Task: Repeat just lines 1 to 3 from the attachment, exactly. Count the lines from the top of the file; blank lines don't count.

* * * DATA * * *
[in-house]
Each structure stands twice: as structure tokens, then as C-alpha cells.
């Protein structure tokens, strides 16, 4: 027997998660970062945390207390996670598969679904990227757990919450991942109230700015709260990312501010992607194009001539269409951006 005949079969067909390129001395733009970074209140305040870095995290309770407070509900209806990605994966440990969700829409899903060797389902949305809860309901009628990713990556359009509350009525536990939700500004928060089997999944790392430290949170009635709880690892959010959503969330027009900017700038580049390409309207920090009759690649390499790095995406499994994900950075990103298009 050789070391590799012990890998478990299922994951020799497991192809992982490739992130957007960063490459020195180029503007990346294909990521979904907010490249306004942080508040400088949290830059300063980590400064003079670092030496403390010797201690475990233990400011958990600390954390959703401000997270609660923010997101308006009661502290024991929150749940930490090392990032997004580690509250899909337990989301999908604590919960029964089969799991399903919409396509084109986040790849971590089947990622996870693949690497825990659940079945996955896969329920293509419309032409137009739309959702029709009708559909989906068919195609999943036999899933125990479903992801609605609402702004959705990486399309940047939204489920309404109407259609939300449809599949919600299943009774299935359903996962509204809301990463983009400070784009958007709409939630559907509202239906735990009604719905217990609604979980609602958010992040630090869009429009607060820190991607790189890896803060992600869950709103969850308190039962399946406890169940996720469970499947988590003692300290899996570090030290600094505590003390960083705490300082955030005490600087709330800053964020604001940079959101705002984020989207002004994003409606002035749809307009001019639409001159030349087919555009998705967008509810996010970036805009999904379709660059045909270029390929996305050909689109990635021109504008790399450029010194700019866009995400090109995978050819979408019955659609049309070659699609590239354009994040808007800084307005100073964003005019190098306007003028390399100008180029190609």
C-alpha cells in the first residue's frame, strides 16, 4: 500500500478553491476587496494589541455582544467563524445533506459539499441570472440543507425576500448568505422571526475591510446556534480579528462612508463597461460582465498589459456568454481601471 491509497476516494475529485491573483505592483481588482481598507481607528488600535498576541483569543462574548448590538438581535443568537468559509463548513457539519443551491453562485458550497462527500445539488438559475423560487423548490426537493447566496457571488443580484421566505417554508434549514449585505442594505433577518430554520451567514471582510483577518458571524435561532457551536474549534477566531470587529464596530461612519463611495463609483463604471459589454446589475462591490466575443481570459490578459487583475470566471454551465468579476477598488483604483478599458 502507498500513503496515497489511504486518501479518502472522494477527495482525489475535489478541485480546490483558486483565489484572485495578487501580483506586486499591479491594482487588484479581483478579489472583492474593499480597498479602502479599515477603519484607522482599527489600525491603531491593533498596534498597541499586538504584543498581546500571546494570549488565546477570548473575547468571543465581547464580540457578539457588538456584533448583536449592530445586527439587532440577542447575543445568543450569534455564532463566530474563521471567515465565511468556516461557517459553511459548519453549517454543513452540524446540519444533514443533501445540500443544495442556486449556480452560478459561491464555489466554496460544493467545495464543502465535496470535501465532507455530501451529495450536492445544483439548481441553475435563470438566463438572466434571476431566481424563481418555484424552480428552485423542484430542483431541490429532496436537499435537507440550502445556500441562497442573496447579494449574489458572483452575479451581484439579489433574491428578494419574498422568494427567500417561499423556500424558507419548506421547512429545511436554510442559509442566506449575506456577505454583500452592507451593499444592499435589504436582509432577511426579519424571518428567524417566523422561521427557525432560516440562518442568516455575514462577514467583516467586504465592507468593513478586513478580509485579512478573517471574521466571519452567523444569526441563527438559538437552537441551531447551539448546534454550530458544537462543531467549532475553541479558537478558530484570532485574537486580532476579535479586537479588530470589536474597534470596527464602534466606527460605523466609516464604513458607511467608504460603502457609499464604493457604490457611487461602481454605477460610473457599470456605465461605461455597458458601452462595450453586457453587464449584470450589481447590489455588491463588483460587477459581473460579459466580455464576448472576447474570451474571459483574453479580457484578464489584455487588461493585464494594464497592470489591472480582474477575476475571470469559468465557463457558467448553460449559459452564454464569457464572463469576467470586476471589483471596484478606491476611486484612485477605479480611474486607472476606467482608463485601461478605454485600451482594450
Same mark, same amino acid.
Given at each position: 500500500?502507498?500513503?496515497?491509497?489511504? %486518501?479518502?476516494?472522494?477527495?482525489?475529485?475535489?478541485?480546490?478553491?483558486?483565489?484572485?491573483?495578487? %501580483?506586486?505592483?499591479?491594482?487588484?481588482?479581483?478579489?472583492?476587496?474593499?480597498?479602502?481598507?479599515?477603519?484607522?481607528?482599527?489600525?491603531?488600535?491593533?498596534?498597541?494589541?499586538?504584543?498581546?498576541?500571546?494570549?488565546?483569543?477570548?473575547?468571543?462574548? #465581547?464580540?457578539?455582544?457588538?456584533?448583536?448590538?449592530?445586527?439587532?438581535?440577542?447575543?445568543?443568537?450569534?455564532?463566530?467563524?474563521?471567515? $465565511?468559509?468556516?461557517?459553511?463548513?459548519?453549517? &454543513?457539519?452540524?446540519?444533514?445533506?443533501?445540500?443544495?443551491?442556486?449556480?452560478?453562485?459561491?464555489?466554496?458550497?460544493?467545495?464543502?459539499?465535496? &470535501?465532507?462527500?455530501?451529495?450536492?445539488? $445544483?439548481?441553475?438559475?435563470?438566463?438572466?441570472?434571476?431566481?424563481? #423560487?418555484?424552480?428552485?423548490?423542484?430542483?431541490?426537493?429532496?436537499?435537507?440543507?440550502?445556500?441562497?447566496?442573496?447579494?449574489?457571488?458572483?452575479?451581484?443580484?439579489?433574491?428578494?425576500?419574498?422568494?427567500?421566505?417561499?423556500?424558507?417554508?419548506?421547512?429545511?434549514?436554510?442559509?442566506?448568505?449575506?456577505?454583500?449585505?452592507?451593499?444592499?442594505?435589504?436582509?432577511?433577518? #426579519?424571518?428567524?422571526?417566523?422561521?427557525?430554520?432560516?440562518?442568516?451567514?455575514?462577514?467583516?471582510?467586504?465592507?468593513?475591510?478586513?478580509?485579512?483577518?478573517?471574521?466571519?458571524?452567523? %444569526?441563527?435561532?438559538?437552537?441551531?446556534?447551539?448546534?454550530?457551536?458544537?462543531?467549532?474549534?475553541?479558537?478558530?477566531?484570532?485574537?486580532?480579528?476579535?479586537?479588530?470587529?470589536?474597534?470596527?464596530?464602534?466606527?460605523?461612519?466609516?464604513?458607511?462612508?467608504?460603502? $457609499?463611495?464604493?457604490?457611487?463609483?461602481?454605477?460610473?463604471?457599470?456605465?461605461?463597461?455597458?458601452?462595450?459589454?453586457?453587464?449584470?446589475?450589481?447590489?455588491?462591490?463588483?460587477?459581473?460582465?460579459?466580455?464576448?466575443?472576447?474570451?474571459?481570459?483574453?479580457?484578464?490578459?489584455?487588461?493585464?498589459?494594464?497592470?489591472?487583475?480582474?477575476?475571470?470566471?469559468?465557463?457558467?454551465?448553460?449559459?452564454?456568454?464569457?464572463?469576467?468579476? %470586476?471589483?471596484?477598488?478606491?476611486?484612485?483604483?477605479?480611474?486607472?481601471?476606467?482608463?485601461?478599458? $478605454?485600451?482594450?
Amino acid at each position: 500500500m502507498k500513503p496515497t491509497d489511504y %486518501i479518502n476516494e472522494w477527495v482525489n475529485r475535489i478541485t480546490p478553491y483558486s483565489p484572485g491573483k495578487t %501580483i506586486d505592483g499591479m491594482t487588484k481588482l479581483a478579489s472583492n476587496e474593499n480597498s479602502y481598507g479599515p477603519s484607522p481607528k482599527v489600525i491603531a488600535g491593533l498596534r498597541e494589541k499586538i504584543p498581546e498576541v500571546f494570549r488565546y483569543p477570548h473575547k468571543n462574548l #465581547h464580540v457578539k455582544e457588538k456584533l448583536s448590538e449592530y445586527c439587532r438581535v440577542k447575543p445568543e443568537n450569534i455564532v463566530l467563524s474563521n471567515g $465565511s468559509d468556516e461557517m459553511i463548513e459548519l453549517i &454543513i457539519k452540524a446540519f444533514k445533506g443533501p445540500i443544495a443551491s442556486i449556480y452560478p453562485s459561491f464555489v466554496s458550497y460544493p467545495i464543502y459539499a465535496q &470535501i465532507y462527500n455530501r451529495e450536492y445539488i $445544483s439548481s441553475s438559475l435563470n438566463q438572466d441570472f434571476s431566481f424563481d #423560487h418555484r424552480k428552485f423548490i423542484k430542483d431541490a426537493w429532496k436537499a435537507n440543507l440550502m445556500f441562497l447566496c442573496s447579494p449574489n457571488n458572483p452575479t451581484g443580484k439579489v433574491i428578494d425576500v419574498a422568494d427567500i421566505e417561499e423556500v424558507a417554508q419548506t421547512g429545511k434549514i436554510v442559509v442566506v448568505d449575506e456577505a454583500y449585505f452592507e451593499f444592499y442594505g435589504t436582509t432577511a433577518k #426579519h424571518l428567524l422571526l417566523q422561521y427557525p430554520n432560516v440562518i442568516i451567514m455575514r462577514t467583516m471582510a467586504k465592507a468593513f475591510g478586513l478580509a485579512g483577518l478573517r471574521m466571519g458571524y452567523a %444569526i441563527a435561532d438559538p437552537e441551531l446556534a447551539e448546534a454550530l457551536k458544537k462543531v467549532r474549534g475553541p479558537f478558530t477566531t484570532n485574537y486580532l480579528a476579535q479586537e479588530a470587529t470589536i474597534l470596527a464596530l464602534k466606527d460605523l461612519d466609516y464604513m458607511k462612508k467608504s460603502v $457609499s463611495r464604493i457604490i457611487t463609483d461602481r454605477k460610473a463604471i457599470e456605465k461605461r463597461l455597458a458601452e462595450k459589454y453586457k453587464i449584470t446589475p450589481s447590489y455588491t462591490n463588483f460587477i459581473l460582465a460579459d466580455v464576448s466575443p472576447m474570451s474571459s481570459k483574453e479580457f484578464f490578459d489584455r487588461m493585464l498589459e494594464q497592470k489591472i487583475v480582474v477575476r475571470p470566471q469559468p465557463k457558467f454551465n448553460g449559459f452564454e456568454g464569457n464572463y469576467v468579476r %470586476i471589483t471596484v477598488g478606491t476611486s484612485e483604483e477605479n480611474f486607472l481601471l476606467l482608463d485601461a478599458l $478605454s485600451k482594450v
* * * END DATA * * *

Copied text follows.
[in-house]
Each structure stands twice: as structure tokens, then as C-alpha cells.
């Protein structure tokens, strides 16, 4: 027997998660970062945390207390996670598969679904990227757990919450991942109230700015709260990312501010992607194009001539269409951006 005949079969067909390129001395733009970074209140305040870095995290309770407070509900209806990605994966440990969700829409899903060797389902949305809860309901009628990713990556359009509350009525536990939700500004928060089997999944790392430290949170009635709880690892959010959503969330027009900017700038580049390409309207920090009759690649390499790095995406499994994900950075990103298009 050789070391590799012990890998478990299922994951020799497991192809992982490739992130957007960063490459020195180029503007990346294909990521979904907010490249306004942080508040400088949290830059300063980590400064003079670092030496403390010797201690475990233990400011958990600390954390959703401000997270609660923010997101308006009661502290024991929150749940930490090392990032997004580690509250899909337990989301999908604590919960029964089969799991399903919409396509084109986040790849971590089947990622996870693949690497825990659940079945996955896969329920293509419309032409137009739309959702029709009708559909989906068919195609999943036999899933125990479903992801609605609402702004959705990486399309940047939204489920309404109407259609939300449809599949919600299943009774299935359903996962509204809301990463983009400070784009958007709409939630559907509202239906735990009604719905217990609604979980609602958010992040630090869009429009607060820190991607790189890896803060992600869950709103969850308190039962399946406890169940996720469970499947988590003692300290899996570090030290600094505590003390960083705490300082955030005490600087709330800053964020604001940079959101705002984020989207002004994003409606002035749809307009001019639409001159030349087919555009998705967008509810996010970036805009999904379709660059045909270029390929996305050909689109990635021109504008790399450029010194700019866009995400090109995978050819979408019955659609049309070659699609590239354009994040808007800084307005100073964003005019190098306007003028390399100008180029190609």